Halloween is a holiday celebrated on the night of October 31, usually by children dressing in costumes and going door-to-door collecting candy. It is celebrated in much of the Western world, though most commonly in the United States, the United Kingdom, the Republic of Ireland, Canada and sometimes in Australia and New Zealand. Irish, Scots and other immigrants brought older versions of the tradition to North America in the 19th century. Most other Western countries have embraced Halloween as a part of American pop culture in the late 20th century.
The term "Halloween" derives from Hallowe'en, an old contraction, still retained in Scotland and some parts of Canada, of "All Hallow's Eve," so called as it is the day before All Saints day (observed by some Christians, including Roman Catholics), which used to be called "All Hallows," derived from All Hallowed Souls.
In Ireland, the name was Hallow Eve and this name is still used by some older people. Halloween was formerly also sometimes called All Saints' Eve. The holiday was a day of religious festivities in various northern European pagan traditions, until it was appropriated by Christian missionaries (along with Christmas and Easter, two other traditional northern European pagan holidays) and given a Christian reinterpretation.
In Mexico, All Saint's Day, following Halloween, is the Day of the Dead.
Halloween is also called "Pooky Night" in some parts of Ireland, presumably named after the puca, a mischievous spirit.
"Punkie Night" is observed on the last Thursday in October in the village of Hinton St. George in the county of Somerset in England. On this night, children carry lanterns made from hollowed-out mangel-wurzels (a kind of beet; in modern days, pumpkins are used) with faces carved into them. They bring these around the village, collecting money and singing the punkie song. 'Punkie' is derived from 'pumpkin' or 'punk,' meaning 'tinder.'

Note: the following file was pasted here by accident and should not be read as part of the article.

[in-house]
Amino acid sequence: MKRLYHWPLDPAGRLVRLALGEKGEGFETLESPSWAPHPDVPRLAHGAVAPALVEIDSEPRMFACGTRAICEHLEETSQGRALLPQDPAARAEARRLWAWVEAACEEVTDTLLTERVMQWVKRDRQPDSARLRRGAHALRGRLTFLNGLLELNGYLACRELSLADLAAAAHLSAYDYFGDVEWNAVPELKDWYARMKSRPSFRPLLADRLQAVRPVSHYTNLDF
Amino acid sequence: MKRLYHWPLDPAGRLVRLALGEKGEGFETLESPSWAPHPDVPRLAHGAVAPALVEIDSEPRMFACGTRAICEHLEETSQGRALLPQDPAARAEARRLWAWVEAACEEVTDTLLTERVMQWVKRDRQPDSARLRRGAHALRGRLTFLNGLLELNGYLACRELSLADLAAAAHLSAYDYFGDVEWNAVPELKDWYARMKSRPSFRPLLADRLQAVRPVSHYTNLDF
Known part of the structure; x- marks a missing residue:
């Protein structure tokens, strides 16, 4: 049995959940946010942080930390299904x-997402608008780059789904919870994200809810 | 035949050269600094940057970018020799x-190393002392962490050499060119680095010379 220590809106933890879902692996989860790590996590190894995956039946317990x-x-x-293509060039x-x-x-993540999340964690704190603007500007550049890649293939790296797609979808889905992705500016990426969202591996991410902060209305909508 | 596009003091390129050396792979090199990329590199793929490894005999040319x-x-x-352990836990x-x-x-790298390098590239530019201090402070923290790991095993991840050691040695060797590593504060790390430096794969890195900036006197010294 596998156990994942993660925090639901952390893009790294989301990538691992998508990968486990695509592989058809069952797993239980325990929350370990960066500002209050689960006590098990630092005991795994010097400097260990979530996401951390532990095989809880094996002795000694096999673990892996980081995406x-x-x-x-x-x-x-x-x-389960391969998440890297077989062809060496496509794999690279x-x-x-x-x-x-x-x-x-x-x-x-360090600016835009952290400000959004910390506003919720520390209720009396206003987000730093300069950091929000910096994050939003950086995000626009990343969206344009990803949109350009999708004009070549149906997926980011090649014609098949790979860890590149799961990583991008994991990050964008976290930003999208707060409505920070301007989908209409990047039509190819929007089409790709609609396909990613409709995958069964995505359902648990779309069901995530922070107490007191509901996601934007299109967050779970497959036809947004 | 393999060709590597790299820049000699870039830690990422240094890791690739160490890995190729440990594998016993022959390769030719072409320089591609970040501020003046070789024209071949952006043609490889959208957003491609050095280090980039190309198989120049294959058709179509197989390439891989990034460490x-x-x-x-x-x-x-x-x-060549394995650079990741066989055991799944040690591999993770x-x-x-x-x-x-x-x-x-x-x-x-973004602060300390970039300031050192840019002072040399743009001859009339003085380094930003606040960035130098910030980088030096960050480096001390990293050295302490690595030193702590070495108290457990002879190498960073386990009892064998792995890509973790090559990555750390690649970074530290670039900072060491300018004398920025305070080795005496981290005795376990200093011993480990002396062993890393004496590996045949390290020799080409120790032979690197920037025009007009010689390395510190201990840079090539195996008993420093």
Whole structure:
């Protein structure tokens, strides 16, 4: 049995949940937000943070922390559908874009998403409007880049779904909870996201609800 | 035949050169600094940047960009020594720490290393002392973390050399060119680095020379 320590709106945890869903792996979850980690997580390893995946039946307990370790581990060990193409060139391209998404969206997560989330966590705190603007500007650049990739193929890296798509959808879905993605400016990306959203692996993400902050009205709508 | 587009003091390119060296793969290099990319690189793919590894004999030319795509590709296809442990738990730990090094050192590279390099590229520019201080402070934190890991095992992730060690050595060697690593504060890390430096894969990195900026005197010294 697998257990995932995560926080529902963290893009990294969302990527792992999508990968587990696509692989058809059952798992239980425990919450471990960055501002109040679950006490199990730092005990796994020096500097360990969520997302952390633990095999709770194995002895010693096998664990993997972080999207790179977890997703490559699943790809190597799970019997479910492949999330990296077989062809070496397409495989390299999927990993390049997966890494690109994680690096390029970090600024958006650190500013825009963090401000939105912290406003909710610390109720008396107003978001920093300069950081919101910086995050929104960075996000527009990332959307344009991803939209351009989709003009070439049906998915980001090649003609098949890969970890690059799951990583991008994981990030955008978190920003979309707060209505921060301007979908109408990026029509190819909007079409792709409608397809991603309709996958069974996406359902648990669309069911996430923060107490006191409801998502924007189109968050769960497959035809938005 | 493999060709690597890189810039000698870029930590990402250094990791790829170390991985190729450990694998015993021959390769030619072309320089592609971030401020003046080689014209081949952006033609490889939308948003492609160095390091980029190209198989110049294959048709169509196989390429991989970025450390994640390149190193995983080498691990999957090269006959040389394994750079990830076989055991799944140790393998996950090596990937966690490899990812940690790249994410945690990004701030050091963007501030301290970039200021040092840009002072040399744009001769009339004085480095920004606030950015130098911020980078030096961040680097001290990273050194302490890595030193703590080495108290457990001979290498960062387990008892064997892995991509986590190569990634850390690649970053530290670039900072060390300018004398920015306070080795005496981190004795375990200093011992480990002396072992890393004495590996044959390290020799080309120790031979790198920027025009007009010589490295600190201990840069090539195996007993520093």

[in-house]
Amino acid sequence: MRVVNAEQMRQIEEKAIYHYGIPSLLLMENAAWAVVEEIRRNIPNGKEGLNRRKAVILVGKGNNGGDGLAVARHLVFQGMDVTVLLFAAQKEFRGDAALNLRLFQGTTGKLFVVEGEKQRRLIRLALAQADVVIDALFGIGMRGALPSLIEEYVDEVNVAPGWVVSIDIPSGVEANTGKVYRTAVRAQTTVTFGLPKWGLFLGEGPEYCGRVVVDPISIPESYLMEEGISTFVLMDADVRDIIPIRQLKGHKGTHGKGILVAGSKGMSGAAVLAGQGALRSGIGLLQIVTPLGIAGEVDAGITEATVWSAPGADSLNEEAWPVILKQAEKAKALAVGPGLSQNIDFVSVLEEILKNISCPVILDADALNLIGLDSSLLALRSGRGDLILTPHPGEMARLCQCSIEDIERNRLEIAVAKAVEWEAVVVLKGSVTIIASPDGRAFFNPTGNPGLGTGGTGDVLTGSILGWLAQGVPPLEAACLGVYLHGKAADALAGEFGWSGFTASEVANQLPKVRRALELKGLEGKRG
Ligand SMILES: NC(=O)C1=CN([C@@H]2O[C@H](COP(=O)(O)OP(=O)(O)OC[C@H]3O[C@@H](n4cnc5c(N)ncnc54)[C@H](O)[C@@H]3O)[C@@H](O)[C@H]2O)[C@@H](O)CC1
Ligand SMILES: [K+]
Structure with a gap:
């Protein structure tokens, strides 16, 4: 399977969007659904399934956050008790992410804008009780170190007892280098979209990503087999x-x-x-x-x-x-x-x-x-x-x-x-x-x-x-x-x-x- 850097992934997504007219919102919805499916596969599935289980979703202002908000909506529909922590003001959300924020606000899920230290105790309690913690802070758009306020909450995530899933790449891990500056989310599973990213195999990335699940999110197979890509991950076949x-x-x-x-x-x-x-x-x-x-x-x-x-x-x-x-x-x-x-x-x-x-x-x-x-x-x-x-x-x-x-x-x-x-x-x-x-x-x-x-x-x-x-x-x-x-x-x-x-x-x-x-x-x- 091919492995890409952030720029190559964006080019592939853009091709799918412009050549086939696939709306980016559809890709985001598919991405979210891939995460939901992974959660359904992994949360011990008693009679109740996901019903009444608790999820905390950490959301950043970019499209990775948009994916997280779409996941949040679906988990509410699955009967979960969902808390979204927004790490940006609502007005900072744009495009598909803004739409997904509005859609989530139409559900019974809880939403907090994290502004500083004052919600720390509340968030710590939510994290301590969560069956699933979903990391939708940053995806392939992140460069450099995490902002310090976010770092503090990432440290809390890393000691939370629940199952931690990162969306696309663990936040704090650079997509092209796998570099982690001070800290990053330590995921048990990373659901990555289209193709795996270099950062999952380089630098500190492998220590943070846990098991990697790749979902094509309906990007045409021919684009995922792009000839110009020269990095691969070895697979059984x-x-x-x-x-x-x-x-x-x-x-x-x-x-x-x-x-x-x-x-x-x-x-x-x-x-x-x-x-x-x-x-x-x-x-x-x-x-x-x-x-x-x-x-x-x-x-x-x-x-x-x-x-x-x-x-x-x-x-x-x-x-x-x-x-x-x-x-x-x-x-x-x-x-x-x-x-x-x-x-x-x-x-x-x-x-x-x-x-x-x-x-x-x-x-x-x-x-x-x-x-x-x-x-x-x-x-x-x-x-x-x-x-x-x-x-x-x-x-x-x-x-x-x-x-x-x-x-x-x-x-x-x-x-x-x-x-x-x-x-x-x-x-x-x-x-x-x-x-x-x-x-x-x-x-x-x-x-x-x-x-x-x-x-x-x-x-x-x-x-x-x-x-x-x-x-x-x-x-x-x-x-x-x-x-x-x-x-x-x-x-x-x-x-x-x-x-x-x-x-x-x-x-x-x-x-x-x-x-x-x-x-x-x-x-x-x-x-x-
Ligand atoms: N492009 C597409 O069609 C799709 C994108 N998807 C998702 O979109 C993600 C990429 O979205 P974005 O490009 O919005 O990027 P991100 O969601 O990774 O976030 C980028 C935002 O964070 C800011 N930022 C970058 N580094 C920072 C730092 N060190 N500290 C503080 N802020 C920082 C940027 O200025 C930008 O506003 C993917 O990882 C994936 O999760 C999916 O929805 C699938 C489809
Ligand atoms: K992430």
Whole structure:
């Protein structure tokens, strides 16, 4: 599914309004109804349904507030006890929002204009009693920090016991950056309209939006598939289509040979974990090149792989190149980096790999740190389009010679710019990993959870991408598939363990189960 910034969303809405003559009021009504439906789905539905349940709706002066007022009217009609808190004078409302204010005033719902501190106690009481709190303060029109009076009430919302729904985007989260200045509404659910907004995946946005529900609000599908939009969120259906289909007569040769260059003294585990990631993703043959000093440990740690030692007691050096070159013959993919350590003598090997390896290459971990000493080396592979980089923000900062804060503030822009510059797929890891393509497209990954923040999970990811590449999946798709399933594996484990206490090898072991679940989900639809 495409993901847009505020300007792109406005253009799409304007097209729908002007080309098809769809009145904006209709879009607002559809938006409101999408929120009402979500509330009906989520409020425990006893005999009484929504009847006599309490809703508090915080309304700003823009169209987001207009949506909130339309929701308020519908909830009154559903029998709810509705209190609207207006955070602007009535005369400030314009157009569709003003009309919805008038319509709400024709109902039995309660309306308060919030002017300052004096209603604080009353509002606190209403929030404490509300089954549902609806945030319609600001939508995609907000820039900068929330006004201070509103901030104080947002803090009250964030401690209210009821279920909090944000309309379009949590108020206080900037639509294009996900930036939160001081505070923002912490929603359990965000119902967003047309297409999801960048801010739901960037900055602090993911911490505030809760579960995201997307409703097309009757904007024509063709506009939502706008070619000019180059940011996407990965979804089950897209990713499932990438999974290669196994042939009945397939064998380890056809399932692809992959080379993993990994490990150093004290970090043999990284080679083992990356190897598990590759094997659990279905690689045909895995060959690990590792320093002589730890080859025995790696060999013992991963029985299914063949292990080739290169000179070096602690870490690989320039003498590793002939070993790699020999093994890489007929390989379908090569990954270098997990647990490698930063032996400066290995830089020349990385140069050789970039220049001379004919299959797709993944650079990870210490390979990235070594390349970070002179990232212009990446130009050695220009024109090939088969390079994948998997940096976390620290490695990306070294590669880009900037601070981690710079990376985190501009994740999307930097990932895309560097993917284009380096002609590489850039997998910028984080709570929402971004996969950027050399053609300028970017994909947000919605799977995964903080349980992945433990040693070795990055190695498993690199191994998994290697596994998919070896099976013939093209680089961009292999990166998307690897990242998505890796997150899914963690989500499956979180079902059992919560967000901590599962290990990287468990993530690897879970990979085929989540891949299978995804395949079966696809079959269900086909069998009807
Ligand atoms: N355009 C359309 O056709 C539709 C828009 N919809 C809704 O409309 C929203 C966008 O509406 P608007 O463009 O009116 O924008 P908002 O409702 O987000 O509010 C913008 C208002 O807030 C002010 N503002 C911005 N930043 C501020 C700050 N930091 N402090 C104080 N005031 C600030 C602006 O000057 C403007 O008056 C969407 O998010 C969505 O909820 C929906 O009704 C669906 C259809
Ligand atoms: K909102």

Though the custom is only attested over the last century, and the mangel-wurzel itself was introduced into English agriculture in the late 18th century, "Punkie Night" appears to be much older even than the fable that now accounts for it. The story goes that the wives of Hinton St. George went looking for their wayward husbands at the fair held nearby at Chiselborough, the last Thursday in October, but first hollowed out mangel wurzels in order to make lanterns to light their way. The drunken husbands saw the eerie lights, thought they were "goolies" (the restless spirits of children who had died before they were baptized), and fled in terror. Children carry the punkies now. The event has spread since about 1960 to the neighboring village of Chiselborough.
In the United Kingdom, the pagan Celts celebrated the Day of the Dead on Halloween. The spirits supposedly rose from the dead and, in order to attract them, food was left on the doors. To scare off the evil spirits, the Celts wore masks. When the Romans invaded Britain, they embellished the tradition with their own, which is the celebration of the harvest and honoring the dead.
These traditions were then passed on to the United States. Anoka, Minnesota, USA, the self-proclaimed "Halloween Capital of the World," celebrates with a large civic parade.
Halloween is sometimes associated with the occult. Many European cultural traditions hold that Halloween is one of the "liminal" times of the year when the spirit world can make contact with the natural world and when magic is most potent.
Read complete history of halloween at http://theunexplainedmysteries.com/halloween.html